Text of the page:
Popeye ate spinach to build muscles, but we now know that spinach is even better for your eyes. This is because it is one of the richest sources of lutein, a phytonutrient that helps give spinach its color and helps shield it from the sun's harmful rays.
In the same way that lutein protects spinach, it also helps protect our eyes from damaging UV light – which can cause macular degeneration. This phytonutrient also helps fight off inherited diseases of the eye such as retinitis pigmentosa, better known as tunnel vision, and cataracts.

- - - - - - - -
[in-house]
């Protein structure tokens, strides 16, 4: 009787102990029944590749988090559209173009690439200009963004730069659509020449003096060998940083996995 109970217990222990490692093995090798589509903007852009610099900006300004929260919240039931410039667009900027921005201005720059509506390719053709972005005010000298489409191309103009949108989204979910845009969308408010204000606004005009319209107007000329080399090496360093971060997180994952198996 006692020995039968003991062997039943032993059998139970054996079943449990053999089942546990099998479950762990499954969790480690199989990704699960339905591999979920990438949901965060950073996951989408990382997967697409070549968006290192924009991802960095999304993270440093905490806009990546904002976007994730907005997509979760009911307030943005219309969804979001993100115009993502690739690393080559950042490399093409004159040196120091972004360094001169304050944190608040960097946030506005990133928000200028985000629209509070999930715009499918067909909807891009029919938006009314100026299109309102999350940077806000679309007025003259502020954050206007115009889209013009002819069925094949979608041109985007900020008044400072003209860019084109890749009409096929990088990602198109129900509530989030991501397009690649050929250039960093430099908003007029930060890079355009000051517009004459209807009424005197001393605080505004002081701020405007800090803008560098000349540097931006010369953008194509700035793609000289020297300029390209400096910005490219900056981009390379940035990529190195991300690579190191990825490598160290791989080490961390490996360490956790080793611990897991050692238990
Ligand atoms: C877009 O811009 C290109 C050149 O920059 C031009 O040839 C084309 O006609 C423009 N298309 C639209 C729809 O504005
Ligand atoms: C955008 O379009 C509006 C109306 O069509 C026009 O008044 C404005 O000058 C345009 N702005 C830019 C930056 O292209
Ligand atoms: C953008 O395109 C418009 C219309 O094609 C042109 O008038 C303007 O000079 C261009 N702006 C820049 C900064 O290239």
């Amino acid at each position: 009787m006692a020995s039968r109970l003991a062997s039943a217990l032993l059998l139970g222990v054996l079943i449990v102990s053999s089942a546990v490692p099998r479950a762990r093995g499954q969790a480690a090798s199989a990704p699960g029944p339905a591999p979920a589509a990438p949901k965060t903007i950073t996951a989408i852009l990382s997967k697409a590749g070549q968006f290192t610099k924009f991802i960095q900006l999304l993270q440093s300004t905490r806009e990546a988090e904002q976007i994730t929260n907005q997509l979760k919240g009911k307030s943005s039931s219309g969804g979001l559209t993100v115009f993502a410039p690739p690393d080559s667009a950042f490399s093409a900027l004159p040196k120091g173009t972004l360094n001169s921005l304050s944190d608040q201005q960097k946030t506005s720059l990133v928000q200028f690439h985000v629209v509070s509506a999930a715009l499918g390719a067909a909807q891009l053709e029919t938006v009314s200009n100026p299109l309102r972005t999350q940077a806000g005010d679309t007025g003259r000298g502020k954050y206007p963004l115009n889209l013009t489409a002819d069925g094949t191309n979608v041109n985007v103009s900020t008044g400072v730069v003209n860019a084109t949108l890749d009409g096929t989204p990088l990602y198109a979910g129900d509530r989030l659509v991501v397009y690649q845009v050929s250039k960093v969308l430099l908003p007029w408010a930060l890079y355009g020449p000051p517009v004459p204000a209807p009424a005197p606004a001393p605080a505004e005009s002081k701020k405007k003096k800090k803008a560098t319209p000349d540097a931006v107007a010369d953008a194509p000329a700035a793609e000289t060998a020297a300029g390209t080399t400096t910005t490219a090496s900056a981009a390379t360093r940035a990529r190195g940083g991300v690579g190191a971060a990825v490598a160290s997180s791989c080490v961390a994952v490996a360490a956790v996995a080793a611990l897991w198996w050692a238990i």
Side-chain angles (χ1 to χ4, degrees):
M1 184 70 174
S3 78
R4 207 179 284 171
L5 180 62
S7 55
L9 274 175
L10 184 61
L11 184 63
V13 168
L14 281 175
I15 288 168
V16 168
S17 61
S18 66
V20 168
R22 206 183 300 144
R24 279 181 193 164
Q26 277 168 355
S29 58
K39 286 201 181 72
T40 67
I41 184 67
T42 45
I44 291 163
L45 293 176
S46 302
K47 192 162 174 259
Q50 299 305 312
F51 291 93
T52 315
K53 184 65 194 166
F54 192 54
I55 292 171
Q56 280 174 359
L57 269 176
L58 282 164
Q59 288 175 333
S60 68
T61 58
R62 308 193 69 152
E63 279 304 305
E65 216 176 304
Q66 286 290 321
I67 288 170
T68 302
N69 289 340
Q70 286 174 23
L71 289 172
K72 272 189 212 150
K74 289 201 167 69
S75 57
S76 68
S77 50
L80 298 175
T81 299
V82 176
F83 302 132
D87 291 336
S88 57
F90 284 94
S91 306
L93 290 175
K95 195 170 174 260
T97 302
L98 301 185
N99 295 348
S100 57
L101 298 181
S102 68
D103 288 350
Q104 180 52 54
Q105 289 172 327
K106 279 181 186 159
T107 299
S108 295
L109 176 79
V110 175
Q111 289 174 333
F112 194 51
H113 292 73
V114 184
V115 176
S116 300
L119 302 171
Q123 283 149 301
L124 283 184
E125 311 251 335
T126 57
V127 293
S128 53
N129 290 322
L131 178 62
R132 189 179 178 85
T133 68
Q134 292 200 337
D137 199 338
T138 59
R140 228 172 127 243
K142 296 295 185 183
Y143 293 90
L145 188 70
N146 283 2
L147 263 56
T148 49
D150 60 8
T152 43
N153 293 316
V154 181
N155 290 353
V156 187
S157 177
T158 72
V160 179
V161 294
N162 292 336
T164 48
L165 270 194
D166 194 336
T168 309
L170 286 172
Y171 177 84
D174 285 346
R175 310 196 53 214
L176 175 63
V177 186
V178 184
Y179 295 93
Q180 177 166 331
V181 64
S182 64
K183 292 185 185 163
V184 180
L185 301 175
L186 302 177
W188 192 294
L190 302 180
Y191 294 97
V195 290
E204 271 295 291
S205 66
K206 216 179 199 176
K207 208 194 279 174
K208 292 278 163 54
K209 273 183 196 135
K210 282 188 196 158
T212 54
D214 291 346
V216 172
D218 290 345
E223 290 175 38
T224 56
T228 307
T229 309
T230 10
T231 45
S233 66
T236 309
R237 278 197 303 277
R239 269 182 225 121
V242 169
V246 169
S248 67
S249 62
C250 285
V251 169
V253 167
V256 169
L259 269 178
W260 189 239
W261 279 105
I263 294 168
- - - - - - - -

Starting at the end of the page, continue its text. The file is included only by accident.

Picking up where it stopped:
The main pigment in spinach is chlorophyll. In plants, this substance uses sunlight to generate food in a process called photosynthesis.
In humans, chlorophyll has been used as a breath freshener and skin deodorizer, but new research shows an even more potent use — cancer fighter. Studies have demonstrated correlations between chlorophyll and inhibition of tumor cells in mice and rainbow trout.
To increase your spinach intake, sauté it with mushrooms and garlic in olive oil and eat it as a side; make fresh spinach salads, or add it to pasta dishes. Other sources of lutein include kale, collard greens, okra, and red peppers.